This is just the beginning (he laughs)! When I went back to shooting after some time, I sensed an enormous neurosis in people. After a month or two, it started to infect me and destroy me from the inside. My assistant panicked, because the battery in her iPhone had discharged. She started to cry, because someone might have written to her and maybe she had lost some opportunity. Half a year passed and I left this place, depressed. New York City is a place which at some point deprives people of energy, as if it fed on it. In my film, I wanted to show a different side of the city, to challenge the stereotype and myth, show people who are lost, overworked and lonely. I think that if I had spread the shooting in time, if I had taken it in doses and had not lived in New York City for so long, the film would have been totally different. Even when my situation was bad, I was short of money and terribly tired by all these people, lack of space, worms in the flats, garbage on the streets, rats in the subway, and the droning of air conditioning which did not allow to sleep. Cramped, smelly and too loud, these are the symbols of New York City. In addition, you have to pay heavy charges for all this. Most people can afford only a small room in a shared apartment for 1000 dollars. However, I decided to stay, because I felt that in this way I would reach some depth, touch something hidden.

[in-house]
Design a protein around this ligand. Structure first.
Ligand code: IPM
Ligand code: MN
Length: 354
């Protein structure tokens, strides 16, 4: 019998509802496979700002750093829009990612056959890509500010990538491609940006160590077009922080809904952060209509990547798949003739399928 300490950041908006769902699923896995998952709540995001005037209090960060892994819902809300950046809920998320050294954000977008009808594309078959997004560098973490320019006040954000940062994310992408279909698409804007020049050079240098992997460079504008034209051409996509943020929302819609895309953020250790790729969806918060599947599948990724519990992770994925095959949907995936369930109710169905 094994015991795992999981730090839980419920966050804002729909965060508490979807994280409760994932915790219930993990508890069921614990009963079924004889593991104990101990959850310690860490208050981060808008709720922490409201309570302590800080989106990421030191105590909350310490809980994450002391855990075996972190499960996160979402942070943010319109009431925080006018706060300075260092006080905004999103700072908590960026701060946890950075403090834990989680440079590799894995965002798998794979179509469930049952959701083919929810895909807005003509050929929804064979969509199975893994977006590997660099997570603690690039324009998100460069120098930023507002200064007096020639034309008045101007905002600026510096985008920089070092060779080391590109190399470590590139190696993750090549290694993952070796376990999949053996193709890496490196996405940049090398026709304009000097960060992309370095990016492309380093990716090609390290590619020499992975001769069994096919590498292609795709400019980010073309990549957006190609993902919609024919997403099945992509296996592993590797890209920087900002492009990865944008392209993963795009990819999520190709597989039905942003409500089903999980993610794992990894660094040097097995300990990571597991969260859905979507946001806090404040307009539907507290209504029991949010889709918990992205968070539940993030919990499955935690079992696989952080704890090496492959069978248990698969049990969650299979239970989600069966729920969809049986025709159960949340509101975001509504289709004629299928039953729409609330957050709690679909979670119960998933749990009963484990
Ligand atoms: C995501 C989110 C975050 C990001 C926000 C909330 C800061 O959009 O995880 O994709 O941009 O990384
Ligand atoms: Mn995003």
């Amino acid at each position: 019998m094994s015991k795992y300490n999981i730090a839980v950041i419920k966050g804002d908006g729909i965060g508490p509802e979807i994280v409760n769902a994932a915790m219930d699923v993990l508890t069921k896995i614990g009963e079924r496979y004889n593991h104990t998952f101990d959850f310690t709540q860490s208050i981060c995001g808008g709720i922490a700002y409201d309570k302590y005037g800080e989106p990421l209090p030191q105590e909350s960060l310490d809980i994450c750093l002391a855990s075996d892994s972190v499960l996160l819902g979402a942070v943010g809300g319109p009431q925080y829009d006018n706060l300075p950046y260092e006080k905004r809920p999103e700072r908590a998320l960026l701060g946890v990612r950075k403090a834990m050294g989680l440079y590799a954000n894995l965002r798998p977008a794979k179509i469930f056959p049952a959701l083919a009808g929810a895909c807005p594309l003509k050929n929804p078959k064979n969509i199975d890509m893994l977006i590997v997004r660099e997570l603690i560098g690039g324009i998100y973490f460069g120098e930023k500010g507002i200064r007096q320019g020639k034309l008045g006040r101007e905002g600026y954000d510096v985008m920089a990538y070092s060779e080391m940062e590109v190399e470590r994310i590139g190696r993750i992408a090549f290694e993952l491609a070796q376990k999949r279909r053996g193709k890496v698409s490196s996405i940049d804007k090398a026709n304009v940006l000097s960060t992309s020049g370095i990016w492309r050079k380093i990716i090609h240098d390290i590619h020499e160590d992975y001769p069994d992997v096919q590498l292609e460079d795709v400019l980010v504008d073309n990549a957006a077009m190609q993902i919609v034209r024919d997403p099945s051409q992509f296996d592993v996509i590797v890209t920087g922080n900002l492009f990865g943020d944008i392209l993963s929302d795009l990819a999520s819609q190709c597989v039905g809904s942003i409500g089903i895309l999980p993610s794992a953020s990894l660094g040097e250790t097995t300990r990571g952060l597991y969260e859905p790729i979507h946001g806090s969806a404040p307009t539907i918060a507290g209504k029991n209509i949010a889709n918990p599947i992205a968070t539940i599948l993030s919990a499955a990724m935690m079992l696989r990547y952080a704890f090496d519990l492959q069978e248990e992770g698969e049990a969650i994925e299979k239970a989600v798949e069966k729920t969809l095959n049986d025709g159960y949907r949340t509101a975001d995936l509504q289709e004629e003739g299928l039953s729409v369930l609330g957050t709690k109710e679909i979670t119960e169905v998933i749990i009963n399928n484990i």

You reached a large group of people, drawing their personal portraits. What was your way to the protagonists?

It was always the same. Usually, there were three stages. The first one: yes, I agree to participate in the film. The second: I will not let you into my home, we will meet in New York in the city, I will not tell you anything about myself. The third: I show them my earlier films and tell them something very personal. Then, the barriers disappear, people start to treat me as their closest friend, trust me because they feel why I want to tell about them, that it is not about exhibitionism or causing a sensation. I invite them to co-create the film. A lot of people ask me about the choice of the protagonists for the film. Why this one, and why not another? I do not have any easy, clear answer to this question. At the beginning, I got on the subway and I liked everyone. It was later on when I learned to select from the crowd. The majority of people did not have anything to say, both as ordinary people and as eccentrics. Finally, I chose people who seemed to me interesting but normal, though in Poland it would be considered that they deviate too much from the norm (laughter).

You chose 21 people and probably everybody asks you about the significance of this number...

Nobody has asked me this question yet (laughter). In "7 x Moscow," I told about the city in seven pictures. I could not imagine telling about New York City using seven characters. The number 21 seemed ideal for me, and I divided the script into exactly that number of characters. I recorded 40, maybe 50. There were characters of similar age, gender, appearance and history. Natural elimination. Later, during editing, I noticed that the whole is made up of 21 stories, though I did not edit it with the conviction that this number has to be exactly 21. At the end, we counted and did not believe it. The number was 21 people.

You often emphasise that you did not follow specific assumptions during film-making. Your film makes the impression of an epic poem written by the camera. It has a certain lightness, a sensation that everyone could make such a film ...